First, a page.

City Director Kathy Webb says she met briefly Friday with Little Rock City Attorney Tom Carpenter about a city ordinance to guard against discrimination based on sexual orientation.
I want to make sure what we file is comprehensive and clear, and protects Little Rock citizens against discrimination. I hope we will have something to present to the Board within a week or so.
The Arkansas House Friday completed legislative action on a bill to prohibit cities from adopting or enforcing such ordinances. Gov. Asa Hutchinson has said he’ll allow the measure to become law.
Because the House failed to adopt the emergency clause, adoption of such ordinances will remain legal until the law takes effect 90 days after the conclusion of the legislative session, probably sometime in late summer.
Getting the ordinance on the books will be an important step if the state or other actor tried to stop enforcement of a local ordinance, such as Eureka Springs has already passed. Then the question will squarely be about a state effort to guarantee the legal ability to discriminate against gay people. Under U.S. Supreme Court precedent, it is unlikely the state could demonstrate a compelling or rational public purpose for such discrimination. The equal protection clause of the Constitution should triumph, Justices Clarence Scalito notwithstanding.
One model in Little Rock might be a Houston ordinance. It provides civil rights protection, but exemptions for small businesses and religious institutions, a couple of flash points in the debate in Arkansas.
A few points about what I’m tempted to call the Wedding Cake Discrimination Act. The mythical baker who has a religious objection to selling a wedding cake to a same-sex couple has become the haters’ shining exemplar of why this bill must be passed. Why the baker is so holy, I don’t understand. Segs took up ax handles to beat black people who wanted to be served fried chicken at whites-only restaurants in the South in the 1960s. The segs, too, cited religious belief in separation of the races. The federal public accommodation law was passed to prevent this. There’s nothing inherently religious in renting a room, baking a cake or flipping a hamburger. These are simple acts of commerce, unburdened by religious ties. If we may deny service on religious grounds to gay people, may we also deny it to adulterers, gluttons, horse thieves and other sinners? No, because there’s no compelling public interest in protecting this on any religious or other pretext. Indeed, a good Baptist will tell you that a business that denies service to sinners on religious grounds would serve no one, including the proprietor.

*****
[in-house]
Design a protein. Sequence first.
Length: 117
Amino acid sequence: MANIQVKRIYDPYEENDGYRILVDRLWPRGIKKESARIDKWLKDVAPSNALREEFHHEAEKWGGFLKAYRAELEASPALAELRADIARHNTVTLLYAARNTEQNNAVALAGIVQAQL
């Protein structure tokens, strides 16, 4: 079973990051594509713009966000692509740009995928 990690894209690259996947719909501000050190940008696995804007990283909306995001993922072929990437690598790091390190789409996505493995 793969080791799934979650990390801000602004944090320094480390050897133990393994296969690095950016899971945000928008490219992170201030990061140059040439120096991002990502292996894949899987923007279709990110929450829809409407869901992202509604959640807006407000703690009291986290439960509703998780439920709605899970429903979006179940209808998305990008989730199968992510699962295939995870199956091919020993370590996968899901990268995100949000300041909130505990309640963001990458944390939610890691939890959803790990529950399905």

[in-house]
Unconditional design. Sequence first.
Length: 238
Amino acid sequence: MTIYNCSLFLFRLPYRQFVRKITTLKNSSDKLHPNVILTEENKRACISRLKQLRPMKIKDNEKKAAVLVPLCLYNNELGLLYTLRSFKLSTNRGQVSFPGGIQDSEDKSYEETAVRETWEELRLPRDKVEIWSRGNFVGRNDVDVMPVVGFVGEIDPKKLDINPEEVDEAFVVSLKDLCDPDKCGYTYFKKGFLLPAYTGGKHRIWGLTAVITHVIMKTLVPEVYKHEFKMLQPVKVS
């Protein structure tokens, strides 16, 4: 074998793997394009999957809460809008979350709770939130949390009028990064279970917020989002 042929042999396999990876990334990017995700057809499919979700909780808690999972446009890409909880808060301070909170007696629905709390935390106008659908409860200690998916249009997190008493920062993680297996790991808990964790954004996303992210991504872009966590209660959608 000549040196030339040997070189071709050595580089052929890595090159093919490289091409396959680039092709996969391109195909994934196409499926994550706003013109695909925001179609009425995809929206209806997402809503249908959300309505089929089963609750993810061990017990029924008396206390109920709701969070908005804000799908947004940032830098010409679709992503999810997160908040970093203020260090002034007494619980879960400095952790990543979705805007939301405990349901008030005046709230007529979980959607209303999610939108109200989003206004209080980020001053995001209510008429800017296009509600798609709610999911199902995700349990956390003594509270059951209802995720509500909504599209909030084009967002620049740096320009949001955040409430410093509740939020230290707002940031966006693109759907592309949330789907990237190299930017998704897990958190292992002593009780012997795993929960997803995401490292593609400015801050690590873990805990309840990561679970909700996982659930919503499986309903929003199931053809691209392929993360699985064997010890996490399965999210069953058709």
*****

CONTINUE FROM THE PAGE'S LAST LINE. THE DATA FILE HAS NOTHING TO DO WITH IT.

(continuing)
Rep. Mary Bentley’s impassioned plea for the cake baker in the House debate yesterday included the claim that the law could put a godly cake baker out of business if he or she denied a cake to a transgender person (she took care to spit out the words underling the LGBT acronym — lesbian, gay, bisexual and transgender — as if they were curse words). Hardly. The voter-repealed Fayetteville civil rights ordinance carried a maximum civil penalty of $500 to $1,000 and that would have been assessed only after failed conciliation efforts. I’m guessing the number of transgender wedding cakes necessary after marriage equality reaches Arkansas will be very small. Also, discerning couples will avoid haters wherever possible.
Also, Tippi McCullough, president of the Stonewall Democrats, issued this statement about passage of SB 202, the gay discrimination bill:
The Stonewall Democratic Caucus is saddened by the passing of SB 202 and disappointed that Governor Asa Hutchinson will let it become law. We are proud of everyone who spoke against the discriminatory bill and unsurprised today by it being exposed for the shameful piece of legislation that it is. The LGBT community is under attack in our own state, and we will not accept this or run away. We are deserving of the rights all our brothers and sisters have here in our great state we love and will continue to work until we achieve equality.